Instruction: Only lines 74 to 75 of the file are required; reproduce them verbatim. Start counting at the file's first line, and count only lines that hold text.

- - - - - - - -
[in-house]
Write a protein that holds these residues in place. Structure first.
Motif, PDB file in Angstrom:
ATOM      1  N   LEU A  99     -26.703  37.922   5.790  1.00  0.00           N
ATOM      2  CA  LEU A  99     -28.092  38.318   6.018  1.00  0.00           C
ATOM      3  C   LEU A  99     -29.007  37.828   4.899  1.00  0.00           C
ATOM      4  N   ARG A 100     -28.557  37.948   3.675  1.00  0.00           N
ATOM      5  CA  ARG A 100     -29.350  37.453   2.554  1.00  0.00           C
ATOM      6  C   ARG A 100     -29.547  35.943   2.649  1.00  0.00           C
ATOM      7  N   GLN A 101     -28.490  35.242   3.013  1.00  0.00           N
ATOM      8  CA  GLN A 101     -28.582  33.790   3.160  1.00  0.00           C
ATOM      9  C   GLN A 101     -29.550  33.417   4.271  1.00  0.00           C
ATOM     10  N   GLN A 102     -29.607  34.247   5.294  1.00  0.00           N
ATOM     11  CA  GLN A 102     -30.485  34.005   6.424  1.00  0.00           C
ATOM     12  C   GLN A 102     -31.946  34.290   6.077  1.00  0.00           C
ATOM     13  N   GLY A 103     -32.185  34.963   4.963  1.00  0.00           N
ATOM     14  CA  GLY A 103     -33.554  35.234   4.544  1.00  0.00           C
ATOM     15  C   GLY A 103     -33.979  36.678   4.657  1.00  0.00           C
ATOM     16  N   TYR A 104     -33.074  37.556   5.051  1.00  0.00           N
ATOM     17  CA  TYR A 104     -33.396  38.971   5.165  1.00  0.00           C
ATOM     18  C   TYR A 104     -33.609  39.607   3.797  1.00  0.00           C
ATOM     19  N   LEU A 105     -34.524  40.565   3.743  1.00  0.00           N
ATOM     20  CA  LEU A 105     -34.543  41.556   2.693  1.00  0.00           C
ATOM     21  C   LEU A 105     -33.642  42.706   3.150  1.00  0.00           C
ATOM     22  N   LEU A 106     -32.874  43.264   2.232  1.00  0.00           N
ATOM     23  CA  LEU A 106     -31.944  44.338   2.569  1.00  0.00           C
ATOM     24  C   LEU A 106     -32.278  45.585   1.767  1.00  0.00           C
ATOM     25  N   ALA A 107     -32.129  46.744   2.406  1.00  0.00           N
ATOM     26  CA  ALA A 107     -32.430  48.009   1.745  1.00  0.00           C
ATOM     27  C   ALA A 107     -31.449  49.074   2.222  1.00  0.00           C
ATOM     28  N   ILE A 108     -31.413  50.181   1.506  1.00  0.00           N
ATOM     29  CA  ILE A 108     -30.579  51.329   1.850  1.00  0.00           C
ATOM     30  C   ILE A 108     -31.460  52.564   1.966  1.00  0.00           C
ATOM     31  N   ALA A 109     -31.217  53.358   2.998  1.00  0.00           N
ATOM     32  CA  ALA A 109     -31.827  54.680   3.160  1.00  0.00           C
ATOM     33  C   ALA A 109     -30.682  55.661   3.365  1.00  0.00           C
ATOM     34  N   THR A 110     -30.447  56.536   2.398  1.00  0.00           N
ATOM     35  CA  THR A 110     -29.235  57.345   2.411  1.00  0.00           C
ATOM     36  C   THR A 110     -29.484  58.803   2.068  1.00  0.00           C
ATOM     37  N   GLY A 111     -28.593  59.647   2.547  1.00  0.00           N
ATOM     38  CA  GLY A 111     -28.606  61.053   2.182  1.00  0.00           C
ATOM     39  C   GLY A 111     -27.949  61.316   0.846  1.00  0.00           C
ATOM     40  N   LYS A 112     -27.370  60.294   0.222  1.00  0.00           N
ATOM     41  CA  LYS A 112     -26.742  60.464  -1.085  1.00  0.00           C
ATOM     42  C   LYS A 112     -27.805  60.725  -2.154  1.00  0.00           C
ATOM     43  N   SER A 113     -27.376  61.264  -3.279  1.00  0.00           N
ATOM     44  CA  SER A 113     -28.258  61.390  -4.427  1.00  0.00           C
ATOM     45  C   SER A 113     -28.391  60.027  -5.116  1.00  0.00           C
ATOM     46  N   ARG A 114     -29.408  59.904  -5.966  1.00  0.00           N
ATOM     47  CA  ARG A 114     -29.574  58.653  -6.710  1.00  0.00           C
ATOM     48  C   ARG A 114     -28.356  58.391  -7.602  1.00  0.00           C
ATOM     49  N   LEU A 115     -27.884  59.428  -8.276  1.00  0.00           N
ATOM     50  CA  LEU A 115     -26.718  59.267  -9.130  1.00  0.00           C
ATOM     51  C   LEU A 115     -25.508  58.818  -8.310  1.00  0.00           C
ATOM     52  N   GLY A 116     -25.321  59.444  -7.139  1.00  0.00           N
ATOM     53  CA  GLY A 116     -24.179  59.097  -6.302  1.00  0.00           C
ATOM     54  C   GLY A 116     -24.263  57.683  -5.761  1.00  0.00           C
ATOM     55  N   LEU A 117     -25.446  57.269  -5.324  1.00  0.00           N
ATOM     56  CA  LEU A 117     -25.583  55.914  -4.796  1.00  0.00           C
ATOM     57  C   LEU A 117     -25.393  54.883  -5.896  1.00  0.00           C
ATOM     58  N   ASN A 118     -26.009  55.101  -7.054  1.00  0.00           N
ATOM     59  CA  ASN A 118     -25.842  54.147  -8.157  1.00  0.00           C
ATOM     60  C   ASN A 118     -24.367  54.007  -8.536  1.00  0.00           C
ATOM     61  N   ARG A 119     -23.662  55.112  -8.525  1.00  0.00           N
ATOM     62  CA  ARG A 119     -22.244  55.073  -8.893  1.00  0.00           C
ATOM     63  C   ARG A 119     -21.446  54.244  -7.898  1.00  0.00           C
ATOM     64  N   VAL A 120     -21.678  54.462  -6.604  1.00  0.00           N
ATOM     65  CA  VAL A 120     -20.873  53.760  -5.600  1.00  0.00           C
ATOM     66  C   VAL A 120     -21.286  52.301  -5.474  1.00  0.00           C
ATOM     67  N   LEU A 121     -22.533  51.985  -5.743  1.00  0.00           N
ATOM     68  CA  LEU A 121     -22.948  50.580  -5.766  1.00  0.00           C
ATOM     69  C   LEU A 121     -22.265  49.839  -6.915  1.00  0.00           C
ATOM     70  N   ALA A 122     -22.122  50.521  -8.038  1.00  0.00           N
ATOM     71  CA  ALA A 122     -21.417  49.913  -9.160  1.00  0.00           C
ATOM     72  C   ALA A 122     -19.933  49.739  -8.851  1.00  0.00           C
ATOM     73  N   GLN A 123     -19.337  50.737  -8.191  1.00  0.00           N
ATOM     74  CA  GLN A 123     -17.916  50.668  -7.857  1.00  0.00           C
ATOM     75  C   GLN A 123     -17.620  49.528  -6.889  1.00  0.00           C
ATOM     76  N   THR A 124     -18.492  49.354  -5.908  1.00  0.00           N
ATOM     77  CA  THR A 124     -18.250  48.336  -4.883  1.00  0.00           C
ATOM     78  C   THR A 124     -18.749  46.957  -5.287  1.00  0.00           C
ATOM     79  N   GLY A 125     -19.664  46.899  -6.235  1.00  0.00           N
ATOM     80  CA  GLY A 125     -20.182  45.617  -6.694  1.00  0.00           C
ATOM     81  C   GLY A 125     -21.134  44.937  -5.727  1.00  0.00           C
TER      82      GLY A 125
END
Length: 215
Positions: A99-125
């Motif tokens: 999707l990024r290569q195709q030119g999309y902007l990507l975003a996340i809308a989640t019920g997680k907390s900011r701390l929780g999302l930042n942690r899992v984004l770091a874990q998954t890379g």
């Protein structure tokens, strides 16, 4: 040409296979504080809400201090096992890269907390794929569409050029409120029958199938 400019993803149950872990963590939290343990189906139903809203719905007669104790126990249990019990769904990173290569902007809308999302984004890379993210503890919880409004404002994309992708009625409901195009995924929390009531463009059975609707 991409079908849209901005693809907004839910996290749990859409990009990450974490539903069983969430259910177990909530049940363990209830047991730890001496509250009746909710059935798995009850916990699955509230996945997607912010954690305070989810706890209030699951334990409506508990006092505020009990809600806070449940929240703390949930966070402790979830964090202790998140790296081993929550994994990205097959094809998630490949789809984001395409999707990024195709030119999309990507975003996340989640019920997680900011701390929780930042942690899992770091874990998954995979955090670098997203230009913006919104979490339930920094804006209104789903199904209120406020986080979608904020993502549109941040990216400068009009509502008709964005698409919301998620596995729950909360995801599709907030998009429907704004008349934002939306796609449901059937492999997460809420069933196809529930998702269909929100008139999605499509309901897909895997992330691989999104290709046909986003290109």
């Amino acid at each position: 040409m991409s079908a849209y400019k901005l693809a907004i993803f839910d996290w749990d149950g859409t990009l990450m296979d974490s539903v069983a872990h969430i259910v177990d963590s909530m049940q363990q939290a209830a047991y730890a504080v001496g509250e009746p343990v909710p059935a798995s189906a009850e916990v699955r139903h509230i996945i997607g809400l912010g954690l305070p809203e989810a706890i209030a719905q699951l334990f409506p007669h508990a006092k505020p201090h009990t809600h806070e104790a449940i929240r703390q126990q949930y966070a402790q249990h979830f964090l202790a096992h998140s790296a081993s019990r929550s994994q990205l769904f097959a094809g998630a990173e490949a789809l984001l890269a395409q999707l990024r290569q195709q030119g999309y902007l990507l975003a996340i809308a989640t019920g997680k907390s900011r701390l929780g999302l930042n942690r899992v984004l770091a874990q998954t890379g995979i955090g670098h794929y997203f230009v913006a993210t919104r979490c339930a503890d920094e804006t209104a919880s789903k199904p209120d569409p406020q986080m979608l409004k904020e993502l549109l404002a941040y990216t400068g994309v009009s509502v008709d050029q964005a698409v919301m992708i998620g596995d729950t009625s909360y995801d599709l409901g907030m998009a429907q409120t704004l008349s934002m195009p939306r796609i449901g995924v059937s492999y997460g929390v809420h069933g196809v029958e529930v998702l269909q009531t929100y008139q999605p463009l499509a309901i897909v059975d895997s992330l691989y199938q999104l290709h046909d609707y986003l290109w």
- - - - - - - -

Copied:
ATOM     71  CA  ALA A 122     -21.417  49.913  -9.160  1.00  0.00           C
ATOM     72  C   ALA A 122     -19.933  49.739  -8.851  1.00  0.00           C